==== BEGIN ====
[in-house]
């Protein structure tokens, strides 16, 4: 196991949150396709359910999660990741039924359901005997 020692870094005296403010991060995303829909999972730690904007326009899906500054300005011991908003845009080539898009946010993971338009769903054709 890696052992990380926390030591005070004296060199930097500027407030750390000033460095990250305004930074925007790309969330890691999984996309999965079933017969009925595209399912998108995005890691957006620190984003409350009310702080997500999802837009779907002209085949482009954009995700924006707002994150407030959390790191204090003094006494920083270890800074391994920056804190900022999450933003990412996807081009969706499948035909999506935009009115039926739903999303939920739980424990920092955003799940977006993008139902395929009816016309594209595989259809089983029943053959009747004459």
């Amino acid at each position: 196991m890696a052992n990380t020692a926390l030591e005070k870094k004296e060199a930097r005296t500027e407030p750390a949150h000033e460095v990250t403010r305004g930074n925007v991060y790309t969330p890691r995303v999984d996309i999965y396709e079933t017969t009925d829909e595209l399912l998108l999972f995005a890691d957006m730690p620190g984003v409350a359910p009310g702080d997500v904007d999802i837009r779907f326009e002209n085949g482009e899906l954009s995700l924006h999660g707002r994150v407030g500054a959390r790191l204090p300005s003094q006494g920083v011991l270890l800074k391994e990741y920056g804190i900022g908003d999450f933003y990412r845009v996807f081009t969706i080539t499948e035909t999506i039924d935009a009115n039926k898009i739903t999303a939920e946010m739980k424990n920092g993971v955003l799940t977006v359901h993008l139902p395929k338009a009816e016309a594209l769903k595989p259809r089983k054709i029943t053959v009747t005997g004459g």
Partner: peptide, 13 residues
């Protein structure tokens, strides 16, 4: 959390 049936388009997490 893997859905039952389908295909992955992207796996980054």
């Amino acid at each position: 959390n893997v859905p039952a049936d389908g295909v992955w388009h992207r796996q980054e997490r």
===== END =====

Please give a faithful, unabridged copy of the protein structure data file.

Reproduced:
[in-house]
């Protein structure tokens, strides 16, 4: 196991949150396709359910999660990741039924359901005997 020692870094005296403010991060995303829909999972730690904007326009899906500054300005011991908003845009080539898009946010993971338009769903054709 890696052992990380926390030591005070004296060199930097500027407030750390000033460095990250305004930074925007790309969330890691999984996309999965079933017969009925595209399912998108995005890691957006620190984003409350009310702080997500999802837009779907002209085949482009954009995700924006707002994150407030959390790191204090003094006494920083270890800074391994920056804190900022999450933003990412996807081009969706499948035909999506935009009115039926739903999303939920739980424990920092955003799940977006993008139902395929009816016309594209595989259809089983029943053959009747004459």
């Amino acid at each position: 196991m890696a052992n990380t020692a926390l030591e005070k870094k004296e060199a930097r005296t500027e407030p750390a949150h000033e460095v990250t403010r305004g930074n925007v991060y790309t969330p890691r995303v999984d996309i999965y396709e079933t017969t009925d829909e595209l399912l998108l999972f995005a890691d957006m730690p620190g984003v409350a359910p009310g702080d997500v904007d999802i837009r779907f326009e002209n085949g482009e899906l954009s995700l924006h999660g707002r994150v407030g500054a959390r790191l204090p300005s003094q006494g920083v011991l270890l800074k391994e990741y920056g804190i900022g908003d999450f933003y990412r845009v996807f081009t969706i080539t499948e035909t999506i039924d935009a009115n039926k898009i739903t999303a939920e946010m739980k424990n920092g993971v955003l799940t977006v359901h993008l139902p395929k338009a009816e016309a594209l769903k595989p259809r089983k054709i029943t053959v009747t005997g004459g």
Partner: peptide, 13 residues
């Protein structure tokens, strides 16, 4: 959390 049936388009997490 893997859905039952389908295909992955992207796996980054």
């Amino acid at each position: 959390n893997v859905p039952a049936d389908g295909v992955w388009h992207r796996q980054e997490r």